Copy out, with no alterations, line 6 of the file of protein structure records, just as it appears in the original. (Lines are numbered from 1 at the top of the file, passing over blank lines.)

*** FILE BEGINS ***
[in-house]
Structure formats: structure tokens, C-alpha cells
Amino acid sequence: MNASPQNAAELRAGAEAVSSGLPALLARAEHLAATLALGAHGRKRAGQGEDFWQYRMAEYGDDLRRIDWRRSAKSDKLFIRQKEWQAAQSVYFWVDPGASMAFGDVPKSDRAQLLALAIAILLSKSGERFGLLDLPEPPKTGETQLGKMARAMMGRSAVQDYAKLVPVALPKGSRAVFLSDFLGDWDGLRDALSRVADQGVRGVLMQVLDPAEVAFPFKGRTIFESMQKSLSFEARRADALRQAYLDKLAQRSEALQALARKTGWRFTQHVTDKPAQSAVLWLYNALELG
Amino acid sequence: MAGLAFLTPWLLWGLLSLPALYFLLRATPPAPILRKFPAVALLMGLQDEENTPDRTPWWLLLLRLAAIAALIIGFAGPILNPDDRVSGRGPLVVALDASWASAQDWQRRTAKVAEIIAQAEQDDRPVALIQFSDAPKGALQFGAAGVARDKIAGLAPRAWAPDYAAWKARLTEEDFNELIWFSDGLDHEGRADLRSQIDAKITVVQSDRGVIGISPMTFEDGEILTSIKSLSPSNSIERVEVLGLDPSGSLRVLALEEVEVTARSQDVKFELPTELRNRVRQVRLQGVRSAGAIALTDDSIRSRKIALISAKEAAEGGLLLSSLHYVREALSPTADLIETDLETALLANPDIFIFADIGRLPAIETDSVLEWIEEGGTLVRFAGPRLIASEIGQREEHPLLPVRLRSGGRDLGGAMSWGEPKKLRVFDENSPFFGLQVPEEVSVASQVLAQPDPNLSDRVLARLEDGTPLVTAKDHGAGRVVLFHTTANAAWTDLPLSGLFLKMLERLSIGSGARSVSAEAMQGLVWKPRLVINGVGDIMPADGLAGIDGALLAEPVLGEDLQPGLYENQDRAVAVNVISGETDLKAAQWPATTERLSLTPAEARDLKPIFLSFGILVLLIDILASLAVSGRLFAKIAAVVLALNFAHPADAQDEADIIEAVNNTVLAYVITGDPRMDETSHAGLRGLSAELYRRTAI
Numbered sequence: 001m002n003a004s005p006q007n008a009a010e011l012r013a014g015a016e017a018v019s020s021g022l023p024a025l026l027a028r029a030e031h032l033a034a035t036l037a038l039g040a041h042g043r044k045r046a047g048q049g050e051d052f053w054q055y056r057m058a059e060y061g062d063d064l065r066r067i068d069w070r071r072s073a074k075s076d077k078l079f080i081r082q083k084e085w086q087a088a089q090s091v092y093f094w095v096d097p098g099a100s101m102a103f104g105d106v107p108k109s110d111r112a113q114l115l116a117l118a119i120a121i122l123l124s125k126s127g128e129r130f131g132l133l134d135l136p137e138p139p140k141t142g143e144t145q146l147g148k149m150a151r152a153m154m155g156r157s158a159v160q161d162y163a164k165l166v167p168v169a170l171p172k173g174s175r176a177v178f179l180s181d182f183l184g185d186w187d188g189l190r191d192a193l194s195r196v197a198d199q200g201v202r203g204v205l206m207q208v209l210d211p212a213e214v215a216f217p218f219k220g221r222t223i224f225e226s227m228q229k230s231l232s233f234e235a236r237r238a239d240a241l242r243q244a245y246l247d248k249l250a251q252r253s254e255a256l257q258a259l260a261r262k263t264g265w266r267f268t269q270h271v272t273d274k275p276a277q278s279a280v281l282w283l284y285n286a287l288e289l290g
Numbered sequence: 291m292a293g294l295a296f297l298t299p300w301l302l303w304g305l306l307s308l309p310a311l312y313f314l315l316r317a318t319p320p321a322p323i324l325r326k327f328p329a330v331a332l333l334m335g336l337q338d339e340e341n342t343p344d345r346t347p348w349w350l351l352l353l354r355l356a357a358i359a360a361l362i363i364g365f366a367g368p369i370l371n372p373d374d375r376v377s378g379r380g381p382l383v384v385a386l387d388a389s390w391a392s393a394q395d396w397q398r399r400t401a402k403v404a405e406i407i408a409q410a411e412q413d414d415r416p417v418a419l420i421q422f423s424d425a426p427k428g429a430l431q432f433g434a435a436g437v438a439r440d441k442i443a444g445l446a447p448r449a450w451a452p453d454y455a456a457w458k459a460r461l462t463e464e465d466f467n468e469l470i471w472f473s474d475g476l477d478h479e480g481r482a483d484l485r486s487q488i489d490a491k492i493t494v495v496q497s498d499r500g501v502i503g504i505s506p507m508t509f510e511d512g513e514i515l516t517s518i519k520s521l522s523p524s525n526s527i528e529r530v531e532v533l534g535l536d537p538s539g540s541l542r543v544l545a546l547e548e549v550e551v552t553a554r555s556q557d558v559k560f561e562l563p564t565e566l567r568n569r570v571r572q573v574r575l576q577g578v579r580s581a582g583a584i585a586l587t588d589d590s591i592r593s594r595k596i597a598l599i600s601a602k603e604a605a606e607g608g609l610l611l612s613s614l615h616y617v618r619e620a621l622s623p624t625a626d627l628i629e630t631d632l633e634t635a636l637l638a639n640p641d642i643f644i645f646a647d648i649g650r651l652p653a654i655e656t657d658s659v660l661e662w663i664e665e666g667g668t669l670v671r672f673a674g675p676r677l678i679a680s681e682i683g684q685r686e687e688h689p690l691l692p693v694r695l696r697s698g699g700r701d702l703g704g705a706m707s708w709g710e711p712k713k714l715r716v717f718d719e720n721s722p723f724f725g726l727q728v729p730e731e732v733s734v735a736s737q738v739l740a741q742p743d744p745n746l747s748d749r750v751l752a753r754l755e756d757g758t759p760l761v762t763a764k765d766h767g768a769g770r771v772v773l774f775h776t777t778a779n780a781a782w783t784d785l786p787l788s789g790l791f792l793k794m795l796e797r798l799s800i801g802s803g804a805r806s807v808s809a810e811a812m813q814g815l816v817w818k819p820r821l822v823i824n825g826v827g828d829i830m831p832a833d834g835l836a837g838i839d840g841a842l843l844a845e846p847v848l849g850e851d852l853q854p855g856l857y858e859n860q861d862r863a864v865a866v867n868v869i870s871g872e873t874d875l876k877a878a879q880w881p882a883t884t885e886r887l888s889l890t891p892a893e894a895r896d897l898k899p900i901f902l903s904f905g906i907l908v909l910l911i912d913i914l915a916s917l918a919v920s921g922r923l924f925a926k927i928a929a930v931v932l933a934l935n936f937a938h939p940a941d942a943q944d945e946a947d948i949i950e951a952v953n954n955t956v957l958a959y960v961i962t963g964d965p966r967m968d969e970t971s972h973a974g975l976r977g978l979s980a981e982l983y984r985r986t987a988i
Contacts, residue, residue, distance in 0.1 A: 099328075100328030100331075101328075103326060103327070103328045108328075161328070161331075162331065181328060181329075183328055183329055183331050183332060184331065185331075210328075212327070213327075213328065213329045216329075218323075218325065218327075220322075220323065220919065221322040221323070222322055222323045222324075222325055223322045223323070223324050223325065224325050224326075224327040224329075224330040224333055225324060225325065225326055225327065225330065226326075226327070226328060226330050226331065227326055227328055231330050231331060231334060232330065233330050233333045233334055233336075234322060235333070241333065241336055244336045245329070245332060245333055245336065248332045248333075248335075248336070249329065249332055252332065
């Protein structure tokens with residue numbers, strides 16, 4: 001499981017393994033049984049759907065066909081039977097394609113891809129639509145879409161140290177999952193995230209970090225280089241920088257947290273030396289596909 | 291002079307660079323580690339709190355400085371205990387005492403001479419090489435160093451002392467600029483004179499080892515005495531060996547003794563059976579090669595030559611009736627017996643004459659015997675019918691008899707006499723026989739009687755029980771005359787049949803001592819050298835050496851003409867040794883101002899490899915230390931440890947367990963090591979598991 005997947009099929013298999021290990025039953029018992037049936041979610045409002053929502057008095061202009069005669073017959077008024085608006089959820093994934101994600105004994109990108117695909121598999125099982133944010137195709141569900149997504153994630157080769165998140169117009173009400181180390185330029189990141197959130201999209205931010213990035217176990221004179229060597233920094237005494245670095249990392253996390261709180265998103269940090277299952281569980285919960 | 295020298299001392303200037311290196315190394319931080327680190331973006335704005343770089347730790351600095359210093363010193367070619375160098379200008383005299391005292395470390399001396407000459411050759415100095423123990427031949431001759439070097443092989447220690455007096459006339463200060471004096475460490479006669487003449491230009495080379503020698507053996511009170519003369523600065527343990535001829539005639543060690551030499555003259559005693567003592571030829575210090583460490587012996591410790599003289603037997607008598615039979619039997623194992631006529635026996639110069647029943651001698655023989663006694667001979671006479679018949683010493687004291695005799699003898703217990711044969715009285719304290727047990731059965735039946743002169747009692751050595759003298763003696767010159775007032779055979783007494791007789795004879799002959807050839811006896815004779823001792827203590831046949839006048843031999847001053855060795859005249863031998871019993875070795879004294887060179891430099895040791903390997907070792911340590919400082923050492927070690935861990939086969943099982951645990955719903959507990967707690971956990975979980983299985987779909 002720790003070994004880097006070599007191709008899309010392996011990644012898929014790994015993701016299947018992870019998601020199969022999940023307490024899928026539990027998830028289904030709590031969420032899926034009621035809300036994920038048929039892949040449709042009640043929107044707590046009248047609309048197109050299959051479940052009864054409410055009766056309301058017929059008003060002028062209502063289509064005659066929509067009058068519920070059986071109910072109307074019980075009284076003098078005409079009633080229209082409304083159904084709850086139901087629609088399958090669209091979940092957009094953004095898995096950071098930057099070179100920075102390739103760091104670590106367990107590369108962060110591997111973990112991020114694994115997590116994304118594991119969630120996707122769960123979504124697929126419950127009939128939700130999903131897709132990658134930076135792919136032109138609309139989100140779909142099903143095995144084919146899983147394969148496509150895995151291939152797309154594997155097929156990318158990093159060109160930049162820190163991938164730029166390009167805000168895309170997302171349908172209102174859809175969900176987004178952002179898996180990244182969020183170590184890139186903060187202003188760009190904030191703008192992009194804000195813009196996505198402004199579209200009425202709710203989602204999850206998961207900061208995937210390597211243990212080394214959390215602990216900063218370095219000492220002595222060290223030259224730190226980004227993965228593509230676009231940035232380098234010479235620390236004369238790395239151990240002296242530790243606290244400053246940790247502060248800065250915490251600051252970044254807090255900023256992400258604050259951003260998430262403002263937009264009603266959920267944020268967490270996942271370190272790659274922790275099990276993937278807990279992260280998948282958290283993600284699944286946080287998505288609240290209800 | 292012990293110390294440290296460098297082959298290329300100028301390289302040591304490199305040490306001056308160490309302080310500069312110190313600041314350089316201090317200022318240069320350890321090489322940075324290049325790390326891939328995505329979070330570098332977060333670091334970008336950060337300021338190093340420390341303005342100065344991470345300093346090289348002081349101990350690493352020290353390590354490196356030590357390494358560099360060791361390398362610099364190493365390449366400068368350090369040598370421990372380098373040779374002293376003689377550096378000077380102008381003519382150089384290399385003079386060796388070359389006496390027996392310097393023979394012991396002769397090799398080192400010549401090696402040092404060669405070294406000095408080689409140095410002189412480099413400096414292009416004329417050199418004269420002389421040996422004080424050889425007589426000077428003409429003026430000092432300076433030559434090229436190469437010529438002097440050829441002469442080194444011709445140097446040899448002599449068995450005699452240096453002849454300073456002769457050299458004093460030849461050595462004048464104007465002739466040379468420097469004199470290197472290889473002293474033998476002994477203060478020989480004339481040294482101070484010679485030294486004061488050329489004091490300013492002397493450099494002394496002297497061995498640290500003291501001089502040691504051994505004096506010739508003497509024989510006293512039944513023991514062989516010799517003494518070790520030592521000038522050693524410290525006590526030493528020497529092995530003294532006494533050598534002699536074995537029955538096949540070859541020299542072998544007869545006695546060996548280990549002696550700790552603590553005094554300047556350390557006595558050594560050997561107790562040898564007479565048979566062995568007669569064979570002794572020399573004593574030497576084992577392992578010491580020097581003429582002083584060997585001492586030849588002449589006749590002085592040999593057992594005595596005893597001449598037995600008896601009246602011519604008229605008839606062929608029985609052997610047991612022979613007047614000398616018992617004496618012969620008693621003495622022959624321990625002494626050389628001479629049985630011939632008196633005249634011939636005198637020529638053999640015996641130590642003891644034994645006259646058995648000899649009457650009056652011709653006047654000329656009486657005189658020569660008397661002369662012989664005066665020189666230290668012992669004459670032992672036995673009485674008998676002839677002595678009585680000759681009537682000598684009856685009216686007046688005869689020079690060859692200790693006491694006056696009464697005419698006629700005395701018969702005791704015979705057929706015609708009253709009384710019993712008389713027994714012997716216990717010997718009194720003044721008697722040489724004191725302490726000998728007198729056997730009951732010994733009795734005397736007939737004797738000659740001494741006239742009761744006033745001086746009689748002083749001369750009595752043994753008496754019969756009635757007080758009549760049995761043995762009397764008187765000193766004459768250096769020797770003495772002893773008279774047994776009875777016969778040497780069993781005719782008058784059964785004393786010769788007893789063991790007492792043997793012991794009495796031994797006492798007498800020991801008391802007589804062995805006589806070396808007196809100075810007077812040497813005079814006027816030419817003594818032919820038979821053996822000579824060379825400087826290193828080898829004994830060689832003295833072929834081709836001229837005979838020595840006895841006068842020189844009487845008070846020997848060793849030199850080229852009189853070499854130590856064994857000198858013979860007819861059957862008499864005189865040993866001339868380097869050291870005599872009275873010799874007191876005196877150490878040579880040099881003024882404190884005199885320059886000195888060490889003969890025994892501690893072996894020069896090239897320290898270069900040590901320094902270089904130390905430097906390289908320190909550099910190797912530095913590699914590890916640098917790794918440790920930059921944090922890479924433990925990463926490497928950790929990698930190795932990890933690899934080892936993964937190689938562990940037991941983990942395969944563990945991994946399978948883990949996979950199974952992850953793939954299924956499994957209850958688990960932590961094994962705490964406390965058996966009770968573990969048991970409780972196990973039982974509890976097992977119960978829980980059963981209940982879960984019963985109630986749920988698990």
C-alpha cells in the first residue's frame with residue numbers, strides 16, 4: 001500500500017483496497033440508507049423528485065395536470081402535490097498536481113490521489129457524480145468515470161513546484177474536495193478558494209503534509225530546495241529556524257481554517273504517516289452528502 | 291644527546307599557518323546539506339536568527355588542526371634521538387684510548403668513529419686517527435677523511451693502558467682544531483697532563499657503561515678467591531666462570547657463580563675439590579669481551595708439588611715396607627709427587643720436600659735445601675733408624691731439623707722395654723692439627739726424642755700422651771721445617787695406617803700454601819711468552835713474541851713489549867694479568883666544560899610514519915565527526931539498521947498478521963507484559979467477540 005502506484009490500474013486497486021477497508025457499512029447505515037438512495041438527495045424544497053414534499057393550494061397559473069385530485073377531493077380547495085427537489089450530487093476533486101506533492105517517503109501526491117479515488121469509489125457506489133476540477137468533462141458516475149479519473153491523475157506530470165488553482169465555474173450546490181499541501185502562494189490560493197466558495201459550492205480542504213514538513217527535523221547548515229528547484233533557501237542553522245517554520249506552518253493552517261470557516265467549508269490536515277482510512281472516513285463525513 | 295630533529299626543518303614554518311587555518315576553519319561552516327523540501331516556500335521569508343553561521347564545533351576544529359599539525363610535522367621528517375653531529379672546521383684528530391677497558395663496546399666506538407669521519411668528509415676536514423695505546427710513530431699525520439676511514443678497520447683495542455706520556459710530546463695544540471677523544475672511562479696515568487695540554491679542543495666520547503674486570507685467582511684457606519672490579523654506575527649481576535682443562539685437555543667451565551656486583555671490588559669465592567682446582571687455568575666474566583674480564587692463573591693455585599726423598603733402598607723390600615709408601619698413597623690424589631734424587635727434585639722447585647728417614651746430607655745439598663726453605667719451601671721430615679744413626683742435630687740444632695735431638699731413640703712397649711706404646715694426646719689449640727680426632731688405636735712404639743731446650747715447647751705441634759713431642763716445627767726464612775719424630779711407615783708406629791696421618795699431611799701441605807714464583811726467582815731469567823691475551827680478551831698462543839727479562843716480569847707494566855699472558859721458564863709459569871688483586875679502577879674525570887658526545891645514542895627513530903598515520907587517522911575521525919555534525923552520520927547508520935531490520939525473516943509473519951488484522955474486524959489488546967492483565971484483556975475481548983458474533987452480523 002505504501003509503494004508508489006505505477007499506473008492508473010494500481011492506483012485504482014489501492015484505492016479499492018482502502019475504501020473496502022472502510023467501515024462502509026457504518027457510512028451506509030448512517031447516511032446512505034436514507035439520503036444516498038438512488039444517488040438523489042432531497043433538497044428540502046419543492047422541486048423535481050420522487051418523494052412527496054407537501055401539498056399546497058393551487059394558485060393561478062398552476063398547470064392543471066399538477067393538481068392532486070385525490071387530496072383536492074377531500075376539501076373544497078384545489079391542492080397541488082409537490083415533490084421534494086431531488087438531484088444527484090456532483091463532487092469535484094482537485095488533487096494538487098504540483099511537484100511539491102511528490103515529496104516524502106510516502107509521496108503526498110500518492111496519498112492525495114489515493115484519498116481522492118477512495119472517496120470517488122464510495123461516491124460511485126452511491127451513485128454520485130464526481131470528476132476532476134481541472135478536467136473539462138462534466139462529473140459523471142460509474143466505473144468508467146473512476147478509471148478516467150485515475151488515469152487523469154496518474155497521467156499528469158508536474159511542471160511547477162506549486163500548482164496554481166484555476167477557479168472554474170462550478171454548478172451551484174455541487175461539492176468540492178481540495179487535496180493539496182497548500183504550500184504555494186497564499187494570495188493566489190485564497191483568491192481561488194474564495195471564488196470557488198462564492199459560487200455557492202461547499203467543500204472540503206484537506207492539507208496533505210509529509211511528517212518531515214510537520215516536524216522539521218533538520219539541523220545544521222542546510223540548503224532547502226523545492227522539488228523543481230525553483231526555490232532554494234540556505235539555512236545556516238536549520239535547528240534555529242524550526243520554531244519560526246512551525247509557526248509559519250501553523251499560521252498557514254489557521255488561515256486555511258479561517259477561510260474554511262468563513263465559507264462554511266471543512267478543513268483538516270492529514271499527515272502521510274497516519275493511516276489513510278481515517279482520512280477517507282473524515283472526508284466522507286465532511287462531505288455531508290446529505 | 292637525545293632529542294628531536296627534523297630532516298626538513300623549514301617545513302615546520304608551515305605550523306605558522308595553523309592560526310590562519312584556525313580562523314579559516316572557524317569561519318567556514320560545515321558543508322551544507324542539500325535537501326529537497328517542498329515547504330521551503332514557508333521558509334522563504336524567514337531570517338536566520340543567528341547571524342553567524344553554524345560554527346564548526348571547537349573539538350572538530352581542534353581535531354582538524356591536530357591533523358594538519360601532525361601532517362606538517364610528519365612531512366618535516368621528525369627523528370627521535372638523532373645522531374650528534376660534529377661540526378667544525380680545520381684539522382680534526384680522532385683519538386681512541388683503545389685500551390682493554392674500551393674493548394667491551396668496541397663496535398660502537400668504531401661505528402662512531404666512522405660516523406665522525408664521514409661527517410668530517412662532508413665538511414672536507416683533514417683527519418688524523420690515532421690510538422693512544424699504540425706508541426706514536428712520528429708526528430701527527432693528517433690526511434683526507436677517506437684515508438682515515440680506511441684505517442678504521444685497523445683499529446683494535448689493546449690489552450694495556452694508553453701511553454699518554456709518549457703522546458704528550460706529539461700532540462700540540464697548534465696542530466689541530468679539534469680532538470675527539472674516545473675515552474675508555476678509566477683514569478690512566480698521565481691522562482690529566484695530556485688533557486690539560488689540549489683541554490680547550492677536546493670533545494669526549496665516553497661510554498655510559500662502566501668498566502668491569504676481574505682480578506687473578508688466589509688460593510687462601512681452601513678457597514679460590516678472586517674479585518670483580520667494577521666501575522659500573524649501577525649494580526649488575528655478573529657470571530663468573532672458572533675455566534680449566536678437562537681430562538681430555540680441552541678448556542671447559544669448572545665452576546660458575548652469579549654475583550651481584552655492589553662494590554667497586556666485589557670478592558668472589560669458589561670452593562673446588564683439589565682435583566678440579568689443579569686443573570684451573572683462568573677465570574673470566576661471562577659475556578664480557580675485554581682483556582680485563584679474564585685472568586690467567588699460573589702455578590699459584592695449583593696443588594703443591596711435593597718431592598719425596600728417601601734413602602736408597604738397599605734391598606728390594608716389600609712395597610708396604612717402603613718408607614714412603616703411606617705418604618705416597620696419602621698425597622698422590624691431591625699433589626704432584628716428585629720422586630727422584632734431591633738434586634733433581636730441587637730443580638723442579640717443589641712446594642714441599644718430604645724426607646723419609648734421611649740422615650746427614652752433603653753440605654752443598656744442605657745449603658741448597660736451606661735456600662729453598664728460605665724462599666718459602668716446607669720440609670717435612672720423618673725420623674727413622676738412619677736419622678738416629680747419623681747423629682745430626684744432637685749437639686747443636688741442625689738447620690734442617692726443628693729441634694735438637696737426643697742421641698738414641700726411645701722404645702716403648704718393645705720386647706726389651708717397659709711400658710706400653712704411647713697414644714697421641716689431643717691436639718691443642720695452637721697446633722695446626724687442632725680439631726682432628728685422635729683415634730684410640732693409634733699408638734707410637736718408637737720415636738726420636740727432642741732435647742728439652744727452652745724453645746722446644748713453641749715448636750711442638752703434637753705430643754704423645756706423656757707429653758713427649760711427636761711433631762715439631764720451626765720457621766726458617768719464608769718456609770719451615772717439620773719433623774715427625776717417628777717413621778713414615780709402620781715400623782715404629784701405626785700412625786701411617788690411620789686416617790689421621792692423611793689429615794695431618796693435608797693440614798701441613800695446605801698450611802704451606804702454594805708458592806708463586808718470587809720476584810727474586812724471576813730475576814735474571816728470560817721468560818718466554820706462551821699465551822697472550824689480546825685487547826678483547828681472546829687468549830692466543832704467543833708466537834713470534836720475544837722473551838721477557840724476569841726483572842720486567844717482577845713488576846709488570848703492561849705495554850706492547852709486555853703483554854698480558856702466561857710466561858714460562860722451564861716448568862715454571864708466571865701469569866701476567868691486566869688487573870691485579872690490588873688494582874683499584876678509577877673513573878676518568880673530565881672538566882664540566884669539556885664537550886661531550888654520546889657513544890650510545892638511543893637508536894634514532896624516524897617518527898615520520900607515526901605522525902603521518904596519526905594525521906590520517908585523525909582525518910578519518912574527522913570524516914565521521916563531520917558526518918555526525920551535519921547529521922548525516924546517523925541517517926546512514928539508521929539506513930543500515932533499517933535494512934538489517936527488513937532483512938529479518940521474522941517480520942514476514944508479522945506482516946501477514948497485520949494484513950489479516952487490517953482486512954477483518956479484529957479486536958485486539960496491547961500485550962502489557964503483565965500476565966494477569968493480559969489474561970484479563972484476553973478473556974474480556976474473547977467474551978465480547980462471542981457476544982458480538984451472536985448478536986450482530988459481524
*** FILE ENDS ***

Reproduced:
Numbered sequence: 291m292a293g294l295a296f297l298t299p300w301l302l303w304g305l306l307s308l309p310a311l312y313f314l315l316r317a318t319p320p321a322p323i324l325r326k327f328p329a330v331a332l333l334m335g336l337q338d339e340e341n342t343p344d345r346t347p348w349w350l351l352l353l354r355l356a357a358i359a360a361l362i363i364g365f366a367g368p369i370l371n372p373d374d375r376v377s378g379r380g381p382l383v384v385a386l387d388a389s390w391a392s393a394q395d396w397q398r399r400t401a402k403v404a405e406i407i408a409q410a411e412q413d414d415r416p417v418a419l420i421q422f423s424d425a426p427k428g429a430l431q432f433g434a435a436g437v438a439r440d441k442i443a444g445l446a447p448r449a450w451a452p453d454y455a456a457w458k459a460r461l462t463e464e465d466f467n468e469l470i471w472f473s474d475g476l477d478h479e480g481r482a483d484l485r486s487q488i489d490a491k492i493t494v495v496q497s498d499r500g501v502i503g504i505s506p507m508t509f510e511d512g513e514i515l516t517s518i519k520s521l522s523p524s525n526s527i528e529r530v531e532v533l534g535l536d537p538s539g540s541l542r543v544l545a546l547e548e549v550e551v552t553a554r555s556q557d558v559k560f561e562l563p564t565e566l567r568n569r570v571r572q573v574r575l576q577g578v579r580s581a582g583a584i585a586l587t588d589d590s591i592r593s594r595k596i597a598l599i600s601a602k603e604a605a606e607g608g609l610l611l612s613s614l615h616y617v618r619e620a621l622s623p624t625a626d627l628i629e630t631d632l633e634t635a636l637l638a639n640p641d642i643f644i645f646a647d648i649g650r651l652p653a654i655e656t657d658s659v660l661e662w663i664e665e666g667g668t669l670v671r672f673a674g675p676r677l678i679a680s681e682i683g684q685r686e687e688h689p690l691l692p693v694r695l696r697s698g699g700r701d702l703g704g705a706m707s708w709g710e711p712k713k714l715r716v717f718d719e720n721s722p723f724f725g726l727q728v729p730e731e732v733s734v735a736s737q738v739l740a741q742p743d744p745n746l747s748d749r750v751l752a753r754l755e756d757g758t759p760l761v762t763a764k765d766h767g768a769g770r771v772v773l774f775h776t777t778a779n780a781a782w783t784d785l786p787l788s789g790l791f792l793k794m795l796e797r798l799s800i801g802s803g804a805r806s807v808s809a810e811a812m813q814g815l816v817w818k819p820r821l822v823i824n825g826v827g828d829i830m831p832a833d834g835l836a837g838i839d840g841a842l843l844a845e846p847v848l849g850e851d852l853q854p855g856l857y858e859n860q861d862r863a864v865a866v867n868v869i870s871g872e873t874d875l876k877a878a879q880w881p882a883t884t885e886r887l888s889l890t891p892a893e894a895r896d897l898k899p900i901f902l903s904f905g906i907l908v909l910l911i912d913i914l915a916s917l918a919v920s921g922r923l924f925a926k927i928a929a930v931v932l933a934l935n936f937a938h939p940a941d942a943q944d945e946a947d948i949i950e951a952v953n954n955t956v957l958a959y960v961i962t963g964d965p966r967m968d969e970t971s972h973a974g975l976r977g978l979s980a981e982l983y984r985r986t987a988i